Wednesday, 29 July 2009
Take a Measure of Corpse, or a Cup of Blood
Corpse medicine was widely practiced in Europe until well into the eighteenth century; yes, it was!. Doctors were in the habit of using all sorts of substances from recently-dead bodies, anything from blood to fat, treated and dried before use, as well as powders from ground-up Egyptian mummies. It was a tradition inherited from Classical and Arab texts, and recommended by such enlightened figures as Francis Bacon, the philosopher, and John Donne, the poet.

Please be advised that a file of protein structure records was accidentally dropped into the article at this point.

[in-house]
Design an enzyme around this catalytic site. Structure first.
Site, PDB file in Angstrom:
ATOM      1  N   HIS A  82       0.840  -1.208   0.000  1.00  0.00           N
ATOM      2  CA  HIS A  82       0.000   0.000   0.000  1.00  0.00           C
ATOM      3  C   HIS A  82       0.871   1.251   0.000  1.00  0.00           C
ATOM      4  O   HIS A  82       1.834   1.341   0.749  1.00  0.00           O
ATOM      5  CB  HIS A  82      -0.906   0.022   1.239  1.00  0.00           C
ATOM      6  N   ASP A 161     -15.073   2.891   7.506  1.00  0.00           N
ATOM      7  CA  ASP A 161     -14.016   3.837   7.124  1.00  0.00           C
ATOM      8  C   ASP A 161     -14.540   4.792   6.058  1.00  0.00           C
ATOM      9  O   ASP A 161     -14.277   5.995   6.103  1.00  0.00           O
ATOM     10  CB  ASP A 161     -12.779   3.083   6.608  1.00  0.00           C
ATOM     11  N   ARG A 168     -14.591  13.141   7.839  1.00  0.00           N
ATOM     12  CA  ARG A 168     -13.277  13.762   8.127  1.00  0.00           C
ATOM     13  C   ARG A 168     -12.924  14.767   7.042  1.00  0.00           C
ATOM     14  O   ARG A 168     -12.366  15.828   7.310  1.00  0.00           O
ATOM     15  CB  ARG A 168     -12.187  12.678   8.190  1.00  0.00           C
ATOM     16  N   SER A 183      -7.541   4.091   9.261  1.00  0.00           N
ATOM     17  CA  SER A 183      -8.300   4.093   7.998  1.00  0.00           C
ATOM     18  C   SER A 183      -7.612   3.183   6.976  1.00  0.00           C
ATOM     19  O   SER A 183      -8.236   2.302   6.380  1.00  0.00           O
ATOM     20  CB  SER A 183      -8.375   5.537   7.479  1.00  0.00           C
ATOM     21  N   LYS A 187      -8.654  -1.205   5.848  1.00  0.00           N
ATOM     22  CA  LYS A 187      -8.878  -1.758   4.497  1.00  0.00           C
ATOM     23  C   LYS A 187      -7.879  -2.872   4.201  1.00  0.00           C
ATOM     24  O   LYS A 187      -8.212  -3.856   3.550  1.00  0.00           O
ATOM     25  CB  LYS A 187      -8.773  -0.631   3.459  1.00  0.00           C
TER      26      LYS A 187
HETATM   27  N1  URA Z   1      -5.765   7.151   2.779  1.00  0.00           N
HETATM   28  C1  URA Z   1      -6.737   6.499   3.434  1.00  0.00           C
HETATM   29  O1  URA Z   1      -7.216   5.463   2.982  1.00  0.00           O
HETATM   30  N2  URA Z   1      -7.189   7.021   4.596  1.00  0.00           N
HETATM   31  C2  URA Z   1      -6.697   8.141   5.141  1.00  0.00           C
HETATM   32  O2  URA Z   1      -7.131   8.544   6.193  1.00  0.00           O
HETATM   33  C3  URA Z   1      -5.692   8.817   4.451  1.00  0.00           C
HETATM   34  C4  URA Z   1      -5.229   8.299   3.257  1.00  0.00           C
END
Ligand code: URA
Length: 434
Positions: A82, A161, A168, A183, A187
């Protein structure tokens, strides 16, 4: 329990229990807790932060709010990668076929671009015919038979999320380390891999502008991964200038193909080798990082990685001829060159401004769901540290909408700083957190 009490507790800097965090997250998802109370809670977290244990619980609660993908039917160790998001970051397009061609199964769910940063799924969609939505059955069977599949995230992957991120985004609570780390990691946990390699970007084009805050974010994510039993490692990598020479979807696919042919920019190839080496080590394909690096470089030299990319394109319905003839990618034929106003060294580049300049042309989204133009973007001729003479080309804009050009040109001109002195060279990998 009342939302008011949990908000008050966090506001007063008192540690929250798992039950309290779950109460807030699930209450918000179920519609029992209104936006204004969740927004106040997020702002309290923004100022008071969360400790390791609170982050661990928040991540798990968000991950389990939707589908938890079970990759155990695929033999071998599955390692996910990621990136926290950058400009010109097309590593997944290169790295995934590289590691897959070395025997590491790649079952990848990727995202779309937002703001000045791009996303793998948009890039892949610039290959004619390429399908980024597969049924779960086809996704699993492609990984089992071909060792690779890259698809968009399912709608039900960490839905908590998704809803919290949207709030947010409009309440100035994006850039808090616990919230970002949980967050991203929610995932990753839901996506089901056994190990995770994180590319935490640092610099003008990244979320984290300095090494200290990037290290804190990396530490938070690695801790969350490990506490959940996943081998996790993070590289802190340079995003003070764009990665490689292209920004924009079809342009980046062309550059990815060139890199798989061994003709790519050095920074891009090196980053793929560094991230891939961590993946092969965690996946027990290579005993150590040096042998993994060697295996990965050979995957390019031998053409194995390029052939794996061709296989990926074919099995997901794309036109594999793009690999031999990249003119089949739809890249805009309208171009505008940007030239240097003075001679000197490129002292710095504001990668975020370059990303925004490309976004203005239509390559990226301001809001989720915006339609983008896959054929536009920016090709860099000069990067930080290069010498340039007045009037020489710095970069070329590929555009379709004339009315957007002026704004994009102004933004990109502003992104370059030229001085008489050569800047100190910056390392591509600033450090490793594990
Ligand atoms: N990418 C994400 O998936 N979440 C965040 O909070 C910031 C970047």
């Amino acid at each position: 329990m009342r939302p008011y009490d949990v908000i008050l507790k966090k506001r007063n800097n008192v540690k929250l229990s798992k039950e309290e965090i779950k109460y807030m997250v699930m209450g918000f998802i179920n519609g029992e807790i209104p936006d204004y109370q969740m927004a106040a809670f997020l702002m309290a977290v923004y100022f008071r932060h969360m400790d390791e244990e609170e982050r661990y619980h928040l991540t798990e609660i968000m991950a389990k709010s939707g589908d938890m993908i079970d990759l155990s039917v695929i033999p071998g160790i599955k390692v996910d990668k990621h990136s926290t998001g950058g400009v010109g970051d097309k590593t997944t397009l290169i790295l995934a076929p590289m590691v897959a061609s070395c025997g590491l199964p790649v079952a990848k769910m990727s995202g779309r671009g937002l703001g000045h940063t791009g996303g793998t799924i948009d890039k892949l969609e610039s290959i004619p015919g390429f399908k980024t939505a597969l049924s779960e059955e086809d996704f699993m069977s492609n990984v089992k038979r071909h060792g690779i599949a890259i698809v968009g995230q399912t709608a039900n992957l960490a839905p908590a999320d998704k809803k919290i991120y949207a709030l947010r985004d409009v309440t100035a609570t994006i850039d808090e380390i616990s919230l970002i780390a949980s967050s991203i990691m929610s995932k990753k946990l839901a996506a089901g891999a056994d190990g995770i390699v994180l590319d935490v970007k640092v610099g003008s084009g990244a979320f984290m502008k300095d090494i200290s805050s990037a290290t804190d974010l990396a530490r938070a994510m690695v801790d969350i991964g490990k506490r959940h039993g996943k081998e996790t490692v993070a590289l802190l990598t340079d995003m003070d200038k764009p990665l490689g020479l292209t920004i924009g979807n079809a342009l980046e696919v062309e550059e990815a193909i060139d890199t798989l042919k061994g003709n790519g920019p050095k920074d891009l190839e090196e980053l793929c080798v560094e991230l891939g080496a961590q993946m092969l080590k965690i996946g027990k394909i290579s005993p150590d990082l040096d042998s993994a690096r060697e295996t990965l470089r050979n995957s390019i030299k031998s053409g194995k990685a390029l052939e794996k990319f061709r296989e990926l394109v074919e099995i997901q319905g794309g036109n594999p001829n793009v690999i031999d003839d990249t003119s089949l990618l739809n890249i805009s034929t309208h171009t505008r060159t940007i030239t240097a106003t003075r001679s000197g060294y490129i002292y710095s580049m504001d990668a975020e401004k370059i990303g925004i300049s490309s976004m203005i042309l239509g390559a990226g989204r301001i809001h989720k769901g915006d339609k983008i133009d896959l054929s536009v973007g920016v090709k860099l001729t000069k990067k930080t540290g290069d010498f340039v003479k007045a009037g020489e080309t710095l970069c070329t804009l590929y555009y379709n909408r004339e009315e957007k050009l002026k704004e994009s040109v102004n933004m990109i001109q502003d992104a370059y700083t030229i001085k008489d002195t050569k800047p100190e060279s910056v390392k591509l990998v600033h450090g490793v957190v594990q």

But the usage did not stop with the dried and the desiccated, oh no. Renaissance thinkers believed that corpse medicine was the best way if imbibing the spiritual life-force of another; and there was no better way of doing this than drinking fresh blood. In the late seventeenth century Edward Taylor, a puritan minister, wrote that “…human blood, drunk warm and new is held good for the falling sickness.” Drinking hot blood was still being recommended as a treatment for epilepsy by English physicians in the mid-eighteenth century. They were all vampires then. :))